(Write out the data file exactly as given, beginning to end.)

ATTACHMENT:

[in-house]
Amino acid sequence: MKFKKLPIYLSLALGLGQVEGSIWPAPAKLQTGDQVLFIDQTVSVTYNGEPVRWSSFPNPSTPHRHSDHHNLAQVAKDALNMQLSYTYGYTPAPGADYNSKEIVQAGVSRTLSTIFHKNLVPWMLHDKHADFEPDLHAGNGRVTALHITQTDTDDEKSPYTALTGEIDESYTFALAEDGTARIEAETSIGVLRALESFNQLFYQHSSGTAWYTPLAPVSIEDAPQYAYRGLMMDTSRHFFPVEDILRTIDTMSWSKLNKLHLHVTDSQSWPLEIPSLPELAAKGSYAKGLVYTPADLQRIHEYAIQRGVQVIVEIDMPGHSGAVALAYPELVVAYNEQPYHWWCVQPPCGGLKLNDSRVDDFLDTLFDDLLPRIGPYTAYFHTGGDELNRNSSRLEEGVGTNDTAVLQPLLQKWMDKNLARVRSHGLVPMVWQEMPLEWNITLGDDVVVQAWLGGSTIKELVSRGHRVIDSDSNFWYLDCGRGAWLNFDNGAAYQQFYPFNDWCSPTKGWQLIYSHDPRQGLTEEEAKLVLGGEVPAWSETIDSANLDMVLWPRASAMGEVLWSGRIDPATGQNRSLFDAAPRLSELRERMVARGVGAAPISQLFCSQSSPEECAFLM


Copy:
[in-house]
Amino acid sequence: MKFKKLPIYLSLALGLGQVEGSIWPAPAKLQTGDQVLFIDQTVSVTYNGEPVRWSSFPNPSTPHRHSDHHNLAQVAKDALNMQLSYTYGYTPAPGADYNSKEIVQAGVSRTLSTIFHKNLVPWMLHDKHADFEPDLHAGNGRVTALHITQTDTDDEKSPYTALTGEIDESYTFALAEDGTARIEAETSIGVLRALESFNQLFYQHSSGTAWYTPLAPVSIEDAPQYAYRGLMMDTSRHFFPVEDILRTIDTMSWSKLNKLHLHVTDSQSWPLEIPSLPELAAKGSYAKGLVYTPADLQRIHEYAIQRGVQVIVEIDMPGHSGAVALAYPELVVAYNEQPYHWWCVQPPCGGLKLNDSRVDDFLDTLFDDLLPRIGPYTAYFHTGGDELNRNSSRLEEGVGTNDTAVLQPLLQKWMDKNLARVRSHGLVPMVWQEMPLEWNITLGDDVVVQAWLGGSTIKELVSRGHRVIDSDSNFWYLDCGRGAWLNFDNGAAYQQFYPFNDWCSPTKGWQLIYSHDPRQGLTEEEAKLVLGGEVPAWSETIDSANLDMVLWPRASAMGEVLWSGRIDPATGQNRSLFDAAPRLSELRERMVARGVGAAPISQLFCSQSSPEECAFLM